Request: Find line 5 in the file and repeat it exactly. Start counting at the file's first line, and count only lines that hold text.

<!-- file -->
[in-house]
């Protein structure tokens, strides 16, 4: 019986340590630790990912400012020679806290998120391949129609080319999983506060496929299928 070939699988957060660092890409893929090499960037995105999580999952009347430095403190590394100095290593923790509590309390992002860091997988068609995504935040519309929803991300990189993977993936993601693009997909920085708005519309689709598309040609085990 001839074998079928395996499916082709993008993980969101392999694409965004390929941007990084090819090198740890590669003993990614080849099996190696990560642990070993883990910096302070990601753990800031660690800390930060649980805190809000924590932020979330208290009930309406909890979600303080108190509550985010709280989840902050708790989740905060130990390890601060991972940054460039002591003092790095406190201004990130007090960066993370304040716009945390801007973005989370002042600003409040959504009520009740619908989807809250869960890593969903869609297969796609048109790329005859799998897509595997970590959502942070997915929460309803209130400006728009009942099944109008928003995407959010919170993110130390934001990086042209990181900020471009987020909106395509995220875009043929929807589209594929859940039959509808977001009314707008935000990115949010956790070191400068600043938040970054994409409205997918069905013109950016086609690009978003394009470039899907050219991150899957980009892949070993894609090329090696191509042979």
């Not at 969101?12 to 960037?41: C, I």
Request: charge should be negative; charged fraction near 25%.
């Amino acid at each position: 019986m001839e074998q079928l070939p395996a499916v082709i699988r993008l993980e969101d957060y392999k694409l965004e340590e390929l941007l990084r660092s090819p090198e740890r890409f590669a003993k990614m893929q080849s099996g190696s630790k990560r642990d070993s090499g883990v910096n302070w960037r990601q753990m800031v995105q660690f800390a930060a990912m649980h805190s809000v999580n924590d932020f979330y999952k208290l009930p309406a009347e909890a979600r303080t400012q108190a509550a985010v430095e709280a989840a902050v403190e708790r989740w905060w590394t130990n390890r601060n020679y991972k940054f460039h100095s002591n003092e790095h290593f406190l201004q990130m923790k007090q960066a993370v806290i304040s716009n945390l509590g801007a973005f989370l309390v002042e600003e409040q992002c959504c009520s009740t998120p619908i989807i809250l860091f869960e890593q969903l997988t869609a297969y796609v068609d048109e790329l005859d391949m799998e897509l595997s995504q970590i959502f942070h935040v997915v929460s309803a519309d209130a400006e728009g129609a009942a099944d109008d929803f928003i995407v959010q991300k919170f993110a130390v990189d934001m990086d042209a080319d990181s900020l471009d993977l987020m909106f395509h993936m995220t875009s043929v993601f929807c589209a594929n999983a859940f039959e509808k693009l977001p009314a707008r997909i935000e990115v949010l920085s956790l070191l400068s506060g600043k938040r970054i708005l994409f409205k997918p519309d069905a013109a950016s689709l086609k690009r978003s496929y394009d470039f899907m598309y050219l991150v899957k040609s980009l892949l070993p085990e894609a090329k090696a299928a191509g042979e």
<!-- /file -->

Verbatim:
């Amino acid at each position: 019986m001839e074998q079928l070939p395996a499916v082709i699988r993008l993980e969101d957060y392999k694409l965004e340590e390929l941007l990084r660092s090819p090198e740890r890409f590669a003993k990614m893929q080849s099996g190696s630790k990560r642990d070993s090499g883990v910096n302070w960037r990601q753990m800031v995105q660690f800390a930060a990912m649980h805190s809000v999580n924590d932020f979330y999952k208290l009930p309406a009347e909890a979600r303080t400012q108190a509550a985010v430095e709280a989840a902050v403190e708790r989740w905060w590394t130990n390890r601060n020679y991972k940054f460039h100095s002591n003092e790095h290593f406190l201004q990130m923790k007090q960066a993370v806290i304040s716009n945390l509590g801007a973005f989370l309390v002042e600003e409040q992002c959504c009520s009740t998120p619908i989807i809250l860091f869960e890593q969903l997988t869609a297969y796609v068609d048109e790329l005859d391949m799998e897509l595997s995504q970590i959502f942070h935040v997915v929460s309803a519309d209130a400006e728009g129609a009942a099944d109008d929803f928003i995407v959010q991300k919170f993110a130390v990189d934001m990086d042209a080319d990181s900020l471009d993977l987020m909106f395509h993936m995220t875009s043929v993601f929807c589209a594929n999983a859940f039959e509808k693009l977001p009314a707008r997909i935000e990115v949010l920085s956790l070191l400068s506060g600043k938040r970054i708005l994409f409205k997918p519309d069905a013109a950016s689709l086609k690009r978003s496929y394009d470039f899907m598309y050219l991150v899957k040609s980009l892949l070993p085990e894609a090329k090696a299928a191509g042979e």